1. Thanks Kevin for a great article highlighting all the ways an employer can screw paying employees. It took me until almost the end of my working life to figure this out when I had to give up an ?increase ? in pay to keep ?certain healthcare benefits ? plus agree to loss in paid time off as ?suggested ? by the ?ever helpful ?union to keep job. The trend by employers today is to minimize labor costs which is why I have been laughing at the public statements by Mayor DeBlasio guaranteeing low cost Metrocards, free healthcare and 2 weeks paid time off for everyone who works in NYC. I would really like to know where he?s getting this money. Someone is going to be getting the bill. I will be reading the comments to see the brainstorming on this article.

  2. Hi MariaRose – I’ve been hearing reports of these things from different people working in different occupations, but there’s always the common thread of some backdoor way to lower wages. I haven’t seen any studies on this, so what’s in this article is mostly anecdotal. I’d like to hear how some others have experienced this. It doesn’t seem to be unusual any more. Cost cutting has become so common it’s gotten very creative, and is probably happening in dozens of ways, some of which we don’t even see.

  3. All excellent points, and it’s easy to forget how inflation can distort our perceptions as to how much we’re actually making! One website I found that’s worth checking out: http://www.in2013dollars.com/. Plug in the amount you made for any given year and see how much it’s worth today. You might be surprised. Most employers should stop deceiving their employees by using the term “raise” and use the more appropriate “cost of living adjustment” instead!

  4. That’s true Steve and it’s one of the great deceptions of our time. Raises are really COLAs which is another incentive for the government (the nations largest employer and sponsor of Social Security) to present an optimistic inflation number. What magnifies the problem is that the published rate of inflation is almost certainly bogus. If the real rate of inflation is 5% and I get a 2% raise based on the official CPI, I’m actually getting a paycut. This is the #1 reason why people are falling behind despite making more money. And there’s nothing we can do about it because inflation is national policy, as well as the efforts to conceal the real rate.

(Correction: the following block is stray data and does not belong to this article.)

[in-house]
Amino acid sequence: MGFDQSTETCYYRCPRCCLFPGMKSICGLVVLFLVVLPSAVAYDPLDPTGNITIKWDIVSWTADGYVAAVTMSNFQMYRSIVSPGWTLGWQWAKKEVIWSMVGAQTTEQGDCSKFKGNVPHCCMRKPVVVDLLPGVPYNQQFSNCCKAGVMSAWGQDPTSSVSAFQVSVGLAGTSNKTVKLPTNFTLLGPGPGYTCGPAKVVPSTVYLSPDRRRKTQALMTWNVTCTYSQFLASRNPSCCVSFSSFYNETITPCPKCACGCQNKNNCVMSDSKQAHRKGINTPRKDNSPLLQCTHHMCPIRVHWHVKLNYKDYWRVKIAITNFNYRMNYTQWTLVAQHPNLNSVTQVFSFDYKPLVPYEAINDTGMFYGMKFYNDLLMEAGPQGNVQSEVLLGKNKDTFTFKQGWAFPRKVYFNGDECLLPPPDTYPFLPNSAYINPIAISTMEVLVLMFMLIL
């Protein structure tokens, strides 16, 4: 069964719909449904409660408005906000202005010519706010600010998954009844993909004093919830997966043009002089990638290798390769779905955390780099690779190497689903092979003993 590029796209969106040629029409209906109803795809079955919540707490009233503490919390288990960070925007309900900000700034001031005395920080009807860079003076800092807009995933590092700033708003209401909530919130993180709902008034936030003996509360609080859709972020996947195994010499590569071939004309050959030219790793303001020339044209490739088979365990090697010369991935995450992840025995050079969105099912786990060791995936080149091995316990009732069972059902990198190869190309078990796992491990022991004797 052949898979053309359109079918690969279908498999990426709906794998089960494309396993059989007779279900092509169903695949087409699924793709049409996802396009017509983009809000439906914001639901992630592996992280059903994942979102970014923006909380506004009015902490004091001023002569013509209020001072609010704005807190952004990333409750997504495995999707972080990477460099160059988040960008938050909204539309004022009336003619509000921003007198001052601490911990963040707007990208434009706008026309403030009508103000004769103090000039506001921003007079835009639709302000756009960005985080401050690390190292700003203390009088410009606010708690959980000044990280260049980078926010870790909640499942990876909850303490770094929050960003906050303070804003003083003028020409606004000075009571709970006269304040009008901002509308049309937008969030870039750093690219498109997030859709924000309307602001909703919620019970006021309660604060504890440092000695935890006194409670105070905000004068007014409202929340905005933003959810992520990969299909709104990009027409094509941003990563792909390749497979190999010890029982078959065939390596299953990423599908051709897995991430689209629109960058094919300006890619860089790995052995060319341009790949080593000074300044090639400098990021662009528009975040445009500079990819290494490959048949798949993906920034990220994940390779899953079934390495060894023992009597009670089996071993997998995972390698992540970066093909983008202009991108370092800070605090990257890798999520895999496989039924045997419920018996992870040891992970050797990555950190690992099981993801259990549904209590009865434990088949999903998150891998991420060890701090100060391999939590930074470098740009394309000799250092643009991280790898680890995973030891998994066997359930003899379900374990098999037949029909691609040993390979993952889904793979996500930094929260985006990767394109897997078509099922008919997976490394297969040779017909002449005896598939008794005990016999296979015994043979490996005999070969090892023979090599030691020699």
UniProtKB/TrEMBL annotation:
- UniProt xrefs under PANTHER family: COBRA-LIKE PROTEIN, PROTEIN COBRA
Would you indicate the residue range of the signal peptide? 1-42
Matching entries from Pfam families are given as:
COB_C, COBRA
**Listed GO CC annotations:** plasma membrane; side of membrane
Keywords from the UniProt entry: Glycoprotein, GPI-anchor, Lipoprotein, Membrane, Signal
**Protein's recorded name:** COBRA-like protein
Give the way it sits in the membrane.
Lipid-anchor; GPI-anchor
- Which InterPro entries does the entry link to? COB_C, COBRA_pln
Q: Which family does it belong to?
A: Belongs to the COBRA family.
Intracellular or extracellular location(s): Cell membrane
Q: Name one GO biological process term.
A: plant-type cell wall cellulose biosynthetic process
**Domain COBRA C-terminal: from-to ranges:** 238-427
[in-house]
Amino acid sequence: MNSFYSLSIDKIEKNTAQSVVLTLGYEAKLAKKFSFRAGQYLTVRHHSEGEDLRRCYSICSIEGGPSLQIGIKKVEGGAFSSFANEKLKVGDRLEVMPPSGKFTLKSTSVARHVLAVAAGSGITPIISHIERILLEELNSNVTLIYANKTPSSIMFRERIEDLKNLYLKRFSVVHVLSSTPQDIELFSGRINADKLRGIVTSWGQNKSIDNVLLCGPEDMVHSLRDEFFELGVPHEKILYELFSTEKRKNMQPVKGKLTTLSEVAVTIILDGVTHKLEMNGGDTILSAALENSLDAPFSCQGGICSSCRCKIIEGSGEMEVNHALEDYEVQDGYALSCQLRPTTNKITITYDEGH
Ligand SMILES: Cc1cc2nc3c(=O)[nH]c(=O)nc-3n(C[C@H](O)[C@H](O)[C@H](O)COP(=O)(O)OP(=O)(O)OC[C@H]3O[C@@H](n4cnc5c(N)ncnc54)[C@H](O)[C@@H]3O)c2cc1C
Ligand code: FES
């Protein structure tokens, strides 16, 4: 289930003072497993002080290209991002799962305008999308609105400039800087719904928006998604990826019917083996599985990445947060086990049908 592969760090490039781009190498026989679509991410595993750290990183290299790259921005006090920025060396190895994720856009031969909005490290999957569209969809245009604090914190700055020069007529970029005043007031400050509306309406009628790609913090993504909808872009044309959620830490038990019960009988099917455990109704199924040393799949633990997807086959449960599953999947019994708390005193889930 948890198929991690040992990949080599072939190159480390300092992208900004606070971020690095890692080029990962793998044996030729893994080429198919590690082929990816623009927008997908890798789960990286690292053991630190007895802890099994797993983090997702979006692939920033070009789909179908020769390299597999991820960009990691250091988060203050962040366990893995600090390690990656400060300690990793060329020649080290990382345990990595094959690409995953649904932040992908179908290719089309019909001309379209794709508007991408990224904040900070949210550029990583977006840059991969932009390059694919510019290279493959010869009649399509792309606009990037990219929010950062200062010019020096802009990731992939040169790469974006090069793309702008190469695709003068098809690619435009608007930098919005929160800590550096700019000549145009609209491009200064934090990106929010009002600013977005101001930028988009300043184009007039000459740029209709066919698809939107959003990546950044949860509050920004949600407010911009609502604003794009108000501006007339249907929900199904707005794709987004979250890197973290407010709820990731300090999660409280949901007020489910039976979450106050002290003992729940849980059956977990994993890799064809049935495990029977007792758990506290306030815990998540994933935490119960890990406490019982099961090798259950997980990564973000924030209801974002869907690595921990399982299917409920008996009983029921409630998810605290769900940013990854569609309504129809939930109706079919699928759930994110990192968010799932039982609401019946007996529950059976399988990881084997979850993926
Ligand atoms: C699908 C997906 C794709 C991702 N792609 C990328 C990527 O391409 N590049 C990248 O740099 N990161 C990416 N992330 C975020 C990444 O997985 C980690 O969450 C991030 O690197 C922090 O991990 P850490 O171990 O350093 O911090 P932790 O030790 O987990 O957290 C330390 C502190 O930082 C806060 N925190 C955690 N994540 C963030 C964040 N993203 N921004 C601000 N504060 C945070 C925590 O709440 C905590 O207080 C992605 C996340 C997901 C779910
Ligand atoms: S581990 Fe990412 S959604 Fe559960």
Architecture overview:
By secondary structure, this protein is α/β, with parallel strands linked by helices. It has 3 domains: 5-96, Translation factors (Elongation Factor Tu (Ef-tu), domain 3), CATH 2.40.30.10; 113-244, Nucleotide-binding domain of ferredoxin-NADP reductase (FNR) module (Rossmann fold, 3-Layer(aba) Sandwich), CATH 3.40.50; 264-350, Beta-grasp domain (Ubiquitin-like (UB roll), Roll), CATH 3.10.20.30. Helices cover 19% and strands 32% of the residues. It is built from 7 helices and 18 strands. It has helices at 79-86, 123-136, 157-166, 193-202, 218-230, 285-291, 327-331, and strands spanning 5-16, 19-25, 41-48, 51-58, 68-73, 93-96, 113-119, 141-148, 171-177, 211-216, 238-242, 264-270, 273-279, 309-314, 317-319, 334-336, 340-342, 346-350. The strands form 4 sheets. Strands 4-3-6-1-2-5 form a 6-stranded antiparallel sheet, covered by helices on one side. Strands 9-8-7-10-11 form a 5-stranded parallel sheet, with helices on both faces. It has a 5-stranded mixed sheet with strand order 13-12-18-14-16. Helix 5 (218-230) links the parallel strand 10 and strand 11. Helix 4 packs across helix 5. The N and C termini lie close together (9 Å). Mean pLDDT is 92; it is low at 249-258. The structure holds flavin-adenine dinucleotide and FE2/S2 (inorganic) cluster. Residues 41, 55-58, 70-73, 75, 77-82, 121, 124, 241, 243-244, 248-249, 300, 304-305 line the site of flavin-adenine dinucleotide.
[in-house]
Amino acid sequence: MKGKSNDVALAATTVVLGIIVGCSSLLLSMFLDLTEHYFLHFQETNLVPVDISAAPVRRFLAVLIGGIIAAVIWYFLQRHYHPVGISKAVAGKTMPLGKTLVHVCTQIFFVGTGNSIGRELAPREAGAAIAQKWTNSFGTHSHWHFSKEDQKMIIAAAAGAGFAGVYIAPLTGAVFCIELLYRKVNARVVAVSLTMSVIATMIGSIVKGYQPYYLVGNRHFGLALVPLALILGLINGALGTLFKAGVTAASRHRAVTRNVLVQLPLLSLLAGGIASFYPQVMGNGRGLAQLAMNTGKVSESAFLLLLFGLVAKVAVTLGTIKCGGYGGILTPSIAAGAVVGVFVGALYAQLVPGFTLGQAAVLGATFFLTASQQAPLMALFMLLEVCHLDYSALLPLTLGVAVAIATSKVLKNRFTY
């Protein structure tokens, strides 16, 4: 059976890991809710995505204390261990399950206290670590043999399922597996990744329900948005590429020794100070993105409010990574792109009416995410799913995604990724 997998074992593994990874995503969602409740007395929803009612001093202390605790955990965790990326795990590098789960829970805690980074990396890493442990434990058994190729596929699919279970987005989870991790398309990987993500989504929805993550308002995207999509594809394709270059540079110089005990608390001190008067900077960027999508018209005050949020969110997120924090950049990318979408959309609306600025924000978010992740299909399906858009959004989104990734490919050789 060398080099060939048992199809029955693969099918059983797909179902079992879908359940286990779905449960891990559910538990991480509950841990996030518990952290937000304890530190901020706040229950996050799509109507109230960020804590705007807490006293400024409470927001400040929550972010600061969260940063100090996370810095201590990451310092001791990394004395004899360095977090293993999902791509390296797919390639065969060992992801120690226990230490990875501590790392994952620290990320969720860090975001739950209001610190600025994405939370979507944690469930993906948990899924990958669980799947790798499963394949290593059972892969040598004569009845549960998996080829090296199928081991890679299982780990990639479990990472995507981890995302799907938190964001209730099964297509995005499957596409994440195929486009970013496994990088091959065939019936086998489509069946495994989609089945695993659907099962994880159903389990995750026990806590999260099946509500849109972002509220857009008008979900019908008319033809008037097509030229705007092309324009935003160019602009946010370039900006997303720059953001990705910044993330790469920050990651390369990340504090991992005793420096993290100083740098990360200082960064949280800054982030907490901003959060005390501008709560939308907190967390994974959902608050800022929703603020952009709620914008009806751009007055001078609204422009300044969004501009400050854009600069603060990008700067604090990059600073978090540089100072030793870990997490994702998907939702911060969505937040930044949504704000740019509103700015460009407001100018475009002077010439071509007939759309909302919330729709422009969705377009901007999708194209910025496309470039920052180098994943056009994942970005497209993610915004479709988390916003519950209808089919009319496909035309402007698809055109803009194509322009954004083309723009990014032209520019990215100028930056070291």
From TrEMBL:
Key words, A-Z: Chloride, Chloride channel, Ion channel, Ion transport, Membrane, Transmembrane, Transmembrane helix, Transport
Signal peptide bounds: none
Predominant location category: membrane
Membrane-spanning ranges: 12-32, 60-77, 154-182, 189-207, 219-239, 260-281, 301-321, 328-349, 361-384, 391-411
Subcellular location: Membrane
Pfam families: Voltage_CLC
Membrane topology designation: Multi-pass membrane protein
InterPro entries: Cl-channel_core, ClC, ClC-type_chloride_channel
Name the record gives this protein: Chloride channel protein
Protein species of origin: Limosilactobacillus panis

So all these other strategies are on top of the underlying inflation fiasco. It all explains so much. I so wish more people understood this.

  5. Anytime a company starts to tighten payroll costs, the first thing they do is find any way to minimize the actual cost to them. It now starts at the hiring point with the computer scanning for key issues in background check. They put it under equal opportunity questions but when they ask if you receive benefits or not, they are looking for employees that they ( the company) gets reimbursed to hire ( payroll savings from day one.) Ageism is the next trick?pressurized the long term employees (who are usually the highest paid) by upping the tasks required ( putting them in the 20% who do 80% more) to encourage early retirement. If that doesn?t work there?s always the excuse of downsizing the company to explain eliminating jobs. All of this is done to keep the profit line high. Labor costs are the highest cost for any employer and the first place that they cut, justifying it with plausible excuses from the fine print of the labor laws. Unless we get better labor laws protecting our rights, this will continue in the companies benefit as there?s no protection. Unfortunately the unions who used to work in creating these laws got sideswiped in politics and abandoned the workers. I was very vocal at those union meetings about how they were spending our money frivolously. It is even worse in jobs without unions especially with the right to work laws in place. The right to work mainly works against employees because they are employed at the whims of the employers and can be fired/laid off/ furloughed for any reason.